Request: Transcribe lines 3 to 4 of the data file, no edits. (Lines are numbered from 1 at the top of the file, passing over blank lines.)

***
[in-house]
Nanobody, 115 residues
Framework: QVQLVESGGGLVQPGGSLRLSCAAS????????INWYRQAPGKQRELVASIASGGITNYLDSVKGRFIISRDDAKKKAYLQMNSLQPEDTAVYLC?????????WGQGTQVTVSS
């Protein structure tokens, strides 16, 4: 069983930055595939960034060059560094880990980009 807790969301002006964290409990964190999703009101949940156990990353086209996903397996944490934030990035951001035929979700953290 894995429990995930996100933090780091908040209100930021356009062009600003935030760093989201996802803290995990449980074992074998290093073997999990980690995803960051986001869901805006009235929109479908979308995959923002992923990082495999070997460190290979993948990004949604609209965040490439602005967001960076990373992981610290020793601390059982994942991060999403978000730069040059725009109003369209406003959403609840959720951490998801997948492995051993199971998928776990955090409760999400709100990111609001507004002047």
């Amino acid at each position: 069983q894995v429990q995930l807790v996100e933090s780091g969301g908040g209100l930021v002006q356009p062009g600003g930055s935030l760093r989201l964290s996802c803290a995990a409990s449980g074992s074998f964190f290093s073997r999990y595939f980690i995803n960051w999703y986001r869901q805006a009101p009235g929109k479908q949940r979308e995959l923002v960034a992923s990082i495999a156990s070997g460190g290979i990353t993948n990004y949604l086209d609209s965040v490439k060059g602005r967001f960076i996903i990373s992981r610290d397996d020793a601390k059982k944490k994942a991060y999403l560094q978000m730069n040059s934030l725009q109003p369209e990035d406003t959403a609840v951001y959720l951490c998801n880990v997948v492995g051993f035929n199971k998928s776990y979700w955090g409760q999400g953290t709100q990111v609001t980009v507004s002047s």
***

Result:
Framework: QVQLVESGGGLVQPGGSLRLSCAAS????????INWYRQAPGKQRELVASIASGGITNYLDSVKGRFIISRDDAKKKAYLQMNSLQPEDTAVYLC?????????WGQGTQVTVSS
């Protein structure tokens, strides 16, 4: 069983930055595939960034060059560094880990980009 807790969301002006964290409990964190999703009101949940156990990353086209996903397996944490934030990035951001035929979700953290 894995429990995930996100933090780091908040209100930021356009062009600003935030760093989201996802803290995990449980074992074998290093073997999990980690995803960051986001869901805006009235929109479908979308995959923002992923990082495999070997460190290979993948990004949604609209965040490439602005967001960076990373992981610290020793601390059982994942991060999403978000730069040059725009109003369209406003959403609840959720951490998801997948492995051993199971998928776990955090409760999400709100990111609001507004002047």